This week’s edition of ‘Trust me, I’m a doctor’ on BBC1 focused on the most severe of allergic reactions, life-threatening anaphylactic reaction. When I was a medical student, I don’t remember seeing a single patient with anaphylaxis– they were out there somewhere but they were definitely a rarity. These days, I regularly get letters from the allergy clinic about patients newly diagnosed with severe allergies. They always include comprehensive plans of what to do in case of minor reactions (antihistamines) or if anaphylaxis is suspected (first aid, adrenaline (epinephrine) injection on the spot if possible, call 999/112/911 for an ambulance).
The number of people affected by anaphylaxis has increased six-fold in the last two decades in the UK. The USA has seen a similar rise, with almost 1 in 50 Americans affected. While the most common culprit is peanuts, other leading causes include shellfish, fish, treenuts, eggs, milk, fruits and food additives.
Anaphylaxis affects your whole body – symptoms come on with frightening speed, and include swelling of the tongue, throat and lips; an itchy pale pink rash; sudden hoarseness, wheezing and shortness of breath; tummy pain, nausea and vomiting; palpitations and collapse. Untreated, it can be fatal, and time is of the essence where treatment is concerned. That’s why everyone with a history of anaphylaxis should carry an adrenaline (epinephrine) injection, which they can administer for themselves if possible – and their nearest and dearest should all be trained in how to recognise the symptoms and how to give the injection to them if they’ve already collapsed.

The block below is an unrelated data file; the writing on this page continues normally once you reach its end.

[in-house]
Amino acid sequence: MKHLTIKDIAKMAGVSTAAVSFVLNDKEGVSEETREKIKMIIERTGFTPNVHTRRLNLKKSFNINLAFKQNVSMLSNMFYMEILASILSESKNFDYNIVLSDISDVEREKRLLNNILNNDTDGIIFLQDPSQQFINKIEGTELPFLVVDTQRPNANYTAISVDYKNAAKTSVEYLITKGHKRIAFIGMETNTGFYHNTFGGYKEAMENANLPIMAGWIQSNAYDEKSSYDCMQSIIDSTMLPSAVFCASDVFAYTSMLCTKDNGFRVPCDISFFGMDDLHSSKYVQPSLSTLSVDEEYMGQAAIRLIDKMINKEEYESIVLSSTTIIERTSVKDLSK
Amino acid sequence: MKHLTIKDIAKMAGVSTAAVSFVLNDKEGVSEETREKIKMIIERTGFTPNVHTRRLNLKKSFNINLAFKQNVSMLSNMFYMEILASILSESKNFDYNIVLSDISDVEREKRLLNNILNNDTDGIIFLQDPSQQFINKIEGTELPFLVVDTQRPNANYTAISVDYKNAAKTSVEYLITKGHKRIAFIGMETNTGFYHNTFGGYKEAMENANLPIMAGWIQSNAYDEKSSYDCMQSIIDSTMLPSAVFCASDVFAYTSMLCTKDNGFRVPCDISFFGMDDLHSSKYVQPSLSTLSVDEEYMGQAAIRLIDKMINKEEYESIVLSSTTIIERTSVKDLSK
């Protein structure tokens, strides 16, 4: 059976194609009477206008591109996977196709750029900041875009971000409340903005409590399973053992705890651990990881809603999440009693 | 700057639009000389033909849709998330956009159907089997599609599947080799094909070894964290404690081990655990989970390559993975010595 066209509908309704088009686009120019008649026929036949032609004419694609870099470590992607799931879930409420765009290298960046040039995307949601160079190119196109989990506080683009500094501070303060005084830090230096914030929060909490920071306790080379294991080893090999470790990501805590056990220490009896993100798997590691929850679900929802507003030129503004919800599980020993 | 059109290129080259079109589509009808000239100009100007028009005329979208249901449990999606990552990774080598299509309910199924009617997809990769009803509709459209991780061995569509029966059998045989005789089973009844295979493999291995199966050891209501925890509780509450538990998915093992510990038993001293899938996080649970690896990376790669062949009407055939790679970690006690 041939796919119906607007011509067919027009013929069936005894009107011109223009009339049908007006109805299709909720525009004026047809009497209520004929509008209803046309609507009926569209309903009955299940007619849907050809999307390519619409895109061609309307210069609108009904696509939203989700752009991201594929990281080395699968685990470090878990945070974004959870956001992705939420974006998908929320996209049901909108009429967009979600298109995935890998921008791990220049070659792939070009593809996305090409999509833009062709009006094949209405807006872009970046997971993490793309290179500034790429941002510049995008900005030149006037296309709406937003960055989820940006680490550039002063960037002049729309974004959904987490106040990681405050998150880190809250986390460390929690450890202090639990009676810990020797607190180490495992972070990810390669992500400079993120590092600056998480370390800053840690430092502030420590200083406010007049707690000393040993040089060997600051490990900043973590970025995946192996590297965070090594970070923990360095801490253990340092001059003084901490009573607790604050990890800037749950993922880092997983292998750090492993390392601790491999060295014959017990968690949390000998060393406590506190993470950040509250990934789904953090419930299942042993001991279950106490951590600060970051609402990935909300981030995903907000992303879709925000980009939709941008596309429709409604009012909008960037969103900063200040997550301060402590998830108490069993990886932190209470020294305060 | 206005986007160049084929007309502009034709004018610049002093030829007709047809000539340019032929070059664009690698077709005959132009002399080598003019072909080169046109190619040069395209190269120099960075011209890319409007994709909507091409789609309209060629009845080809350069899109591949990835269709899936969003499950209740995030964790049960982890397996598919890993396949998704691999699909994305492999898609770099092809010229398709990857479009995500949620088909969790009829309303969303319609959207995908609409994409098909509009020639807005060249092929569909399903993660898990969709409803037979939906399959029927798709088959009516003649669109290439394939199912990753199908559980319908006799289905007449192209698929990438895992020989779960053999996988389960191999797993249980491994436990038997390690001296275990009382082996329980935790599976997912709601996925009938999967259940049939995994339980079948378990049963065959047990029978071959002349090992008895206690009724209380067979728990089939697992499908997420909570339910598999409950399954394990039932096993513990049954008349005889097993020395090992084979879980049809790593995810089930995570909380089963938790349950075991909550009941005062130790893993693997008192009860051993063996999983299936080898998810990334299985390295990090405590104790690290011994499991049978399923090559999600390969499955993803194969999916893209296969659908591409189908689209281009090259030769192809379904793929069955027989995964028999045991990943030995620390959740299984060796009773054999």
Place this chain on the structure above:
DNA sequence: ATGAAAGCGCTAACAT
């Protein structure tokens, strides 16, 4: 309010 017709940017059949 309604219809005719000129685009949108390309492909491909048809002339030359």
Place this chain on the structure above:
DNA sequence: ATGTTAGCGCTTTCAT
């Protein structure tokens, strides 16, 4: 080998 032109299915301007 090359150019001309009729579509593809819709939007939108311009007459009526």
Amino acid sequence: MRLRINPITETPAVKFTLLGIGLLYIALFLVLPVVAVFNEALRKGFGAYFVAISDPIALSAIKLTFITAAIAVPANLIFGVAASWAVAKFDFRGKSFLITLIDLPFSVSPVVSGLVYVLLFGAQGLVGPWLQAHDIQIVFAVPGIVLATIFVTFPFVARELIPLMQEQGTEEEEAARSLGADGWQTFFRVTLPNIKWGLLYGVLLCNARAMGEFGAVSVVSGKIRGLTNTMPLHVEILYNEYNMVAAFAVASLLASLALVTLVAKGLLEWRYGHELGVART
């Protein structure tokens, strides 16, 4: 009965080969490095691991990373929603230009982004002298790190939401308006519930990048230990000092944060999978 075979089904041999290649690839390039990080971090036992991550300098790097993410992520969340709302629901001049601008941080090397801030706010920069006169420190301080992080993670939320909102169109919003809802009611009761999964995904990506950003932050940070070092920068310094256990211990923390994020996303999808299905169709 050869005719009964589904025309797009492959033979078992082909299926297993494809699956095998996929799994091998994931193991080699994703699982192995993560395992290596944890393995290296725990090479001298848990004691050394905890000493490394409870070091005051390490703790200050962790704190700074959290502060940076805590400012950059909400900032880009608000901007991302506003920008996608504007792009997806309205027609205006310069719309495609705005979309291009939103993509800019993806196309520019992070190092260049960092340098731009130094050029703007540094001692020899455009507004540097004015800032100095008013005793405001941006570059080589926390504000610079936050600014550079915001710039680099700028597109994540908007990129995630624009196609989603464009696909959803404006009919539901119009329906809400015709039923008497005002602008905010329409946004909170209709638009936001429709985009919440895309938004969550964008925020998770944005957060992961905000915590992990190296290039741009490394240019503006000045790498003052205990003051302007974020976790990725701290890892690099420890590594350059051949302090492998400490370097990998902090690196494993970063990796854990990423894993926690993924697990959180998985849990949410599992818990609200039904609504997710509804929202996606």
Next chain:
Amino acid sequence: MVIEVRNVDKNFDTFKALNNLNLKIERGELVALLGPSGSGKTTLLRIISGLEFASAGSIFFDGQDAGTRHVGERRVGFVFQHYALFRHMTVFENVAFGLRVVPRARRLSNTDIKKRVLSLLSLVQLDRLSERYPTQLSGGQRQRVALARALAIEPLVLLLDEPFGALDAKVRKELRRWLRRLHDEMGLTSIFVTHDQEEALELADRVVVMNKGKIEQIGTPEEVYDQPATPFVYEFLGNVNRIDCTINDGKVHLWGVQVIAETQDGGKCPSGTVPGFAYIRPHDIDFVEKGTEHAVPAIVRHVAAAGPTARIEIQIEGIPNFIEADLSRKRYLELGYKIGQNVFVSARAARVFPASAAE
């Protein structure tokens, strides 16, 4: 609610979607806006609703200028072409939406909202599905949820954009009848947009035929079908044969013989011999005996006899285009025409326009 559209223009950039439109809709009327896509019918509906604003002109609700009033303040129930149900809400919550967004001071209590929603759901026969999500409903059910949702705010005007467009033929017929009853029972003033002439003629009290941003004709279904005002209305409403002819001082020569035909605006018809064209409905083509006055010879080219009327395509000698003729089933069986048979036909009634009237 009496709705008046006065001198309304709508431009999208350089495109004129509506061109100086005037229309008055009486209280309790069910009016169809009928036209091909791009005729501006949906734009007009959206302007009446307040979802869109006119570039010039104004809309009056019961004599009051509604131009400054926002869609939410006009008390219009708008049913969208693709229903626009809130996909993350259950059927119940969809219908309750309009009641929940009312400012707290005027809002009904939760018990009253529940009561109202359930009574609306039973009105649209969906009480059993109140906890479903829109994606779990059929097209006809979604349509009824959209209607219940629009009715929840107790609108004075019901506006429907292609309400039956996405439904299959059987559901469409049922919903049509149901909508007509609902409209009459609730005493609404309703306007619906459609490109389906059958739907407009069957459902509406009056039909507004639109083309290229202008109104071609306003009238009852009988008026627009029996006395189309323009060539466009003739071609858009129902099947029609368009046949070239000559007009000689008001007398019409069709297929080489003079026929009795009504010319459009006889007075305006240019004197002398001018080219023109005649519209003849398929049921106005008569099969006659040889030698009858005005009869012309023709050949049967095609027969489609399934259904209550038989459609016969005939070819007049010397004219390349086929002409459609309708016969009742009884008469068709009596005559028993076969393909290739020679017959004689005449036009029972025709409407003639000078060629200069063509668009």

There is some promising research out there looking at possible treatments, even to peanut-related allergy. But there is no magic bullet on the horizon yet, and urgent treatment will be needed for the foreseeable future.
According to a recent American study, just over 54% of life-threatening anaphylactic reactions happen at home , yet 60% of sufferers didn’t have a life-saving adrenaline (epinephrine) auto-injector to hand when it happened. A recent UK survey (ref 1) showed that:
- Nearly eight in ten people (78%) who know someone with an adrenaline (epinephrine) auto-injector think they know how to administer it correctly. In fact, just a quarter would inject it into the right place if the need arose
- Less than half of people (43%) who carry an adrenaline (epinephrine) auto-injector would know to inject themselves immediately in the event of anaphylactic shock
- Less than half of the general public (49%) know that adrenaline (epinephrine) auto-injectors can – and should – be injected through clothes if necessary
- More than half of the general public (53%) don’t think they would recognise if someone was going into anaphylactic shock
Watching someone collapse in front of your eyes and being unable to help is a deeply traumatic experience. Yet using a lifesaving adrenaline (epinephrine) auto-injection device isn’t difficult. There are several different types available, but Allergy UK has step-by-step guides on how to use all of them. Maybe learning how could be one New Year’s resolution you actually keep.
1) Bausch and Lomb survey involving 1,002 people, UK data, October 2015
Disclaimer: This article is for information only and should not be used for the diagnosis or treatment of medical conditions. EMIS has used all reasonable care in compiling the information but make no warranty as to its accuracy. Consult a doctor or other health care professional for diagnosis and treatment of medical conditions. For details see our conditions.